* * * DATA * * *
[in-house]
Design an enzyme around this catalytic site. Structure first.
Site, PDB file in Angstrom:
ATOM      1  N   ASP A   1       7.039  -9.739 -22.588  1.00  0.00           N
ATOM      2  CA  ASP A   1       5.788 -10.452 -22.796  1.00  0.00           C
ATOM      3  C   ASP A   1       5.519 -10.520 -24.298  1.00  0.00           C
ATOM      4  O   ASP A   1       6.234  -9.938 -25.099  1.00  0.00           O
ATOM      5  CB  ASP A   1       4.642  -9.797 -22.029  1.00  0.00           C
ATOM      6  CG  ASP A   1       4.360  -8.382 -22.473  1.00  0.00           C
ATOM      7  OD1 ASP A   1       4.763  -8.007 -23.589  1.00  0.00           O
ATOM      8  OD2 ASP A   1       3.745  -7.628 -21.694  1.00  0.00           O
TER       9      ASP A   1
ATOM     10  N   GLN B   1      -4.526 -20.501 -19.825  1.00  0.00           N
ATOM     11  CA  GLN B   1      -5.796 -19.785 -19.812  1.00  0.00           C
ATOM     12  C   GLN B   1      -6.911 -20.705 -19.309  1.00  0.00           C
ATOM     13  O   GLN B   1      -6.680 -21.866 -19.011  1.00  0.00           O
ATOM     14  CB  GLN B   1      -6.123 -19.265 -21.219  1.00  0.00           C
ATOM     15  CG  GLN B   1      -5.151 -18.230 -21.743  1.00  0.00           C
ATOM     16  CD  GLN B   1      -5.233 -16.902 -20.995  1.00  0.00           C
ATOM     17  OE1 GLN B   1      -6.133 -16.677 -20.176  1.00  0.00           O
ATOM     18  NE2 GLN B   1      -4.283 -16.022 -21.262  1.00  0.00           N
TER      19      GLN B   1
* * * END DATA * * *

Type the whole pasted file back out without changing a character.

[in-house]
Design an enzyme around this catalytic site. Structure first.
Site, PDB file in Angstrom:
ATOM      1  N   ASP A   1       7.039  -9.739 -22.588  1.00  0.00           N
ATOM      2  CA  ASP A   1       5.788 -10.452 -22.796  1.00  0.00           C
ATOM      3  C   ASP A   1       5.519 -10.520 -24.298  1.00  0.00           C
ATOM      4  O   ASP A   1       6.234  -9.938 -25.099  1.00  0.00           O
ATOM      5  CB  ASP A   1       4.642  -9.797 -22.029  1.00  0.00           C
ATOM      6  CG  ASP A   1       4.360  -8.382 -22.473  1.00  0.00           C
ATOM      7  OD1 ASP A   1       4.763  -8.007 -23.589  1.00  0.00           O
ATOM      8  OD2 ASP A   1       3.745  -7.628 -21.694  1.00  0.00           O
TER       9      ASP A   1
ATOM     10  N   GLN B   1      -4.526 -20.501 -19.825  1.00  0.00           N
ATOM     11  CA  GLN B   1      -5.796 -19.785 -19.812  1.00  0.00           C
ATOM     12  C   GLN B   1      -6.911 -20.705 -19.309  1.00  0.00           C
ATOM     13  O   GLN B   1      -6.680 -21.866 -19.011  1.00  0.00           O
ATOM     14  CB  GLN B   1      -6.123 -19.265 -21.219  1.00  0.00           C
ATOM     15  CG  GLN B   1      -5.151 -18.230 -21.743  1.00  0.00           C
ATOM     16  CD  GLN B   1      -5.233 -16.902 -20.995  1.00  0.00           C
ATOM     17  OE1 GLN B   1      -6.133 -16.677 -20.176  1.00  0.00           O
ATOM     18  NE2 GLN B   1      -4.283 -16.022 -21.262  1.00  0.00           N
TER      19      GLN B   1